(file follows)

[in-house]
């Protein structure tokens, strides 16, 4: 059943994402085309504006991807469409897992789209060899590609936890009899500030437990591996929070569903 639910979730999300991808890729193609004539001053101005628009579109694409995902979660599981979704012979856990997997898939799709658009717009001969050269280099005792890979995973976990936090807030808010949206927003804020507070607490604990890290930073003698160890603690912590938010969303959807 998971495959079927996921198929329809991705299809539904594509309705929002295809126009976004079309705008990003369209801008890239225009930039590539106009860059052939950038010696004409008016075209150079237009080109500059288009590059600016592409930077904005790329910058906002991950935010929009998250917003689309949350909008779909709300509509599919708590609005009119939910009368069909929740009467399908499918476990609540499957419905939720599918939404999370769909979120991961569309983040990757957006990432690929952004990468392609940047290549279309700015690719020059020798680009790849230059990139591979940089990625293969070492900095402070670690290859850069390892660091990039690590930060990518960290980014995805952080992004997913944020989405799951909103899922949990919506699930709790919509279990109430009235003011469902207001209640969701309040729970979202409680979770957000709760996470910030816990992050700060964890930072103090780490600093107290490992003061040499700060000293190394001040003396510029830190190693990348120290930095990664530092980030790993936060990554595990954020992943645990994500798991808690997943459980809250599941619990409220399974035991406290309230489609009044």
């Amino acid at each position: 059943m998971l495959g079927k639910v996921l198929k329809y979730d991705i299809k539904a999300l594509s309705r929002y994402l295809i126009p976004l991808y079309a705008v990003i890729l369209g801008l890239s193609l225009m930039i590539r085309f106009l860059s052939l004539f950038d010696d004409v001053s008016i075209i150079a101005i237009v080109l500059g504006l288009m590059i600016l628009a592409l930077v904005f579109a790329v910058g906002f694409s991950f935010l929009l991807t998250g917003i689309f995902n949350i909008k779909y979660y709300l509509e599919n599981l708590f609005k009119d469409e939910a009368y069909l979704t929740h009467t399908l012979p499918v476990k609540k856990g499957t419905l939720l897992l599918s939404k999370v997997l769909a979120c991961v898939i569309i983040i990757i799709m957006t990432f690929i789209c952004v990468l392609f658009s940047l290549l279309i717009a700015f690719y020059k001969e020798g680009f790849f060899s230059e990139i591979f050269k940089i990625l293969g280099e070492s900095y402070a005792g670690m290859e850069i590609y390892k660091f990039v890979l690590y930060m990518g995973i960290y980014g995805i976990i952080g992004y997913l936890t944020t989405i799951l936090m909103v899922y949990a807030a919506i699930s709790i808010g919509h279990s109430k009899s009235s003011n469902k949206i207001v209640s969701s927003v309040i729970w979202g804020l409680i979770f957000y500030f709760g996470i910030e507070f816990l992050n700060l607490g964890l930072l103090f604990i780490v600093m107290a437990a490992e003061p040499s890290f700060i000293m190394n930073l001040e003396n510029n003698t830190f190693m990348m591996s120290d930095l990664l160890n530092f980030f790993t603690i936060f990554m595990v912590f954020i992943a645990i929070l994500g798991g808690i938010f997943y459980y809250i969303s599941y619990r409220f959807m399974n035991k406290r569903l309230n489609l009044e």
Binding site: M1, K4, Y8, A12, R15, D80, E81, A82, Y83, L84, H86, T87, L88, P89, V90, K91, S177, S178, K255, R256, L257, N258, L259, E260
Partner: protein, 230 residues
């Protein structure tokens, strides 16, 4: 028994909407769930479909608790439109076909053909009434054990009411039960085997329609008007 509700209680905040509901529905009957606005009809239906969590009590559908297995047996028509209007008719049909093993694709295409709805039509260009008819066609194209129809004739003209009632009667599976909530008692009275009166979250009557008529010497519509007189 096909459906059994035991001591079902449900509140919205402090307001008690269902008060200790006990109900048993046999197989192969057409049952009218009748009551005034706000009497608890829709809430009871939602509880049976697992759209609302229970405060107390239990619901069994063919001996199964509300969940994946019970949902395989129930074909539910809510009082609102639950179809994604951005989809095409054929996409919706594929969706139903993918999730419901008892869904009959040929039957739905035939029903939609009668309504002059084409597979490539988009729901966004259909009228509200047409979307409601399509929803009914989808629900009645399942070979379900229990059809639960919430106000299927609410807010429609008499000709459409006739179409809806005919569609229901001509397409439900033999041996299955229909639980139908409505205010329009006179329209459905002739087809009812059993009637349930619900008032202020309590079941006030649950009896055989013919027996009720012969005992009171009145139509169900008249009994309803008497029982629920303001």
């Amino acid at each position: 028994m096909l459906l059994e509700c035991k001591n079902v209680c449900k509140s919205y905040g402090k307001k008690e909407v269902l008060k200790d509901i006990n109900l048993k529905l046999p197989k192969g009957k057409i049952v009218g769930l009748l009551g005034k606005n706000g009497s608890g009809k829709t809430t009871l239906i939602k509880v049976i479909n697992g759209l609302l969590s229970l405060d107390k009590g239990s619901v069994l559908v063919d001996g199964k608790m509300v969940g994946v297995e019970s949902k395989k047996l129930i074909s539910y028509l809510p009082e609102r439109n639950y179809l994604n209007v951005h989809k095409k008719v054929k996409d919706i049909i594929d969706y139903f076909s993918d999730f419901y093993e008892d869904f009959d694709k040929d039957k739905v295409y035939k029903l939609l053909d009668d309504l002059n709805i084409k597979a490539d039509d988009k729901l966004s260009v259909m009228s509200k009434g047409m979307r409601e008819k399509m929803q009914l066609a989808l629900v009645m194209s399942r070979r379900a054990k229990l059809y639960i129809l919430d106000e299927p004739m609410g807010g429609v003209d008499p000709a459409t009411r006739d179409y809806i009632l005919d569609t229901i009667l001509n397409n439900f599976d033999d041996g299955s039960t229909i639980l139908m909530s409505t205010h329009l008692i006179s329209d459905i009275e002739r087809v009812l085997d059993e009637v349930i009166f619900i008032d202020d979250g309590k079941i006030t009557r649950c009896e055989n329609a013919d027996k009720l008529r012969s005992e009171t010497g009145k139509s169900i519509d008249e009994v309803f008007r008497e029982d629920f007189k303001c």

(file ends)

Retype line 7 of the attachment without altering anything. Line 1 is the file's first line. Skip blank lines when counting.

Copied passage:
């Amino acid at each position: 028994m096909l459906l059994e509700c035991k001591n079902v209680c449900k509140s919205y905040g402090k307001k008690e909407v269902l008060k200790d509901i006990n109900l048993k529905l046999p197989k192969g009957k057409i049952v009218g769930l009748l009551g005034k606005n706000g009497s608890g009809k829709t809430t009871l239906i939602k509880v049976i479909n697992g759209l609302l969590s229970l405060d107390k009590g239990s619901v069994l559908v063919d001996g199964k608790m509300v969940g994946v297995e019970s949902k395989k047996l129930i074909s539910y028509l809510p009082e609102r439109n639950y179809l994604n209007v951005h989809k095409k008719v054929k996409d919706i049909i594929d969706y139903f076909s993918d999730f419901y093993e008892d869904f009959d694709k040929d039957k739905v295409y035939k029903l939609l053909d009668d309504l002059n709805i084409k597979a490539d039509d988009k729901l966004s260009v259909m009228s509200k009434g047409m979307r409601e008819k399509m929803q009914l066609a989808l629900v009645m194209s399942r070979r379900a054990k229990l059809y639960i129809l919430d106000e299927p004739m609410g807010g429609v003209d008499p000709a459409t009411r006739d179409y809806i009632l005919d569609t229901i009667l001509n397409n439900f599976d033999d041996g299955s039960t229909i639980l139908m909530s409505t205010h329009l008692i006179s329209d459905i009275e002739r087809v009812l085997d059993e009637v349930i009166f619900i008032d202020d979250g309590k079941i006030t009557r649950c009896e055989n329609a013919d027996k009720l008529r012969s005992e009171t010497g009145k139509s169900i519509d008249e009994v309803f008007r008497e029982d629920f007189k303001c």